Crystal clear: Sodium MRI could lead to improved kidney imaging

British scientists are developing a new type of MRI that utilizes sodium as a biomarker within the body to enhance image quality and better diagnose kidney health.

University of Nottingham researchers working in collaboration with the Centre for Kidney Research and Innovation in the United Kingdom plan to use ultra-high magnetic field scanners in a process that will employ MRI coils for sodium imaging as receivers of radio-frequency signals in the MRI scan, which will be tuned to the specific frequency of sodium ions.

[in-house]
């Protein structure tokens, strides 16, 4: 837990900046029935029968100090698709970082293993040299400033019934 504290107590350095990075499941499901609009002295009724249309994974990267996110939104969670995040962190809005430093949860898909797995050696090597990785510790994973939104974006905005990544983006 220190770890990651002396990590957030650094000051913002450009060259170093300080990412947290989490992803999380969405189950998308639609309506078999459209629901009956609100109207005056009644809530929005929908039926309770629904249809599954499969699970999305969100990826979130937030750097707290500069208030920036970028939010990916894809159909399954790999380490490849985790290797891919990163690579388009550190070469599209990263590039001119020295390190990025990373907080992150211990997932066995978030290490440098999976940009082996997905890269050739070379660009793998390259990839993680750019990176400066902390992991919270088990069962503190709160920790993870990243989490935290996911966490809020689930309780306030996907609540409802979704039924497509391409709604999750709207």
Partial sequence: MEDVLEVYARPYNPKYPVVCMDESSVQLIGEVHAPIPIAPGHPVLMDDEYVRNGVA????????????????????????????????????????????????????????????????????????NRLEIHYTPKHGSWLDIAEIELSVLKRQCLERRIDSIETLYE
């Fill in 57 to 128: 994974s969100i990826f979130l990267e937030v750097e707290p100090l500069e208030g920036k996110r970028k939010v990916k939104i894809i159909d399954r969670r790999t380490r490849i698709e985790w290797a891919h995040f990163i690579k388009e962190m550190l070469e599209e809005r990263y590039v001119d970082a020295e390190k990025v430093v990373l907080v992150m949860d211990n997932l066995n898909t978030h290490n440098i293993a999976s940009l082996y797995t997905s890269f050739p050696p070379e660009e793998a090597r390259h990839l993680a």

“The kidney is an ideal target for our project because it is important in the regulation of sodium in the body,” said study researcher Susan Francis, MD, of the university’s Sir Peter Mansfield Imaging Centre, in a press release. “If we can image how sodium is distributed in the kidney and how that differs in a diseased kidney, the impact on the diagnosis and treatment of kidney injury or disease is potentially great.”

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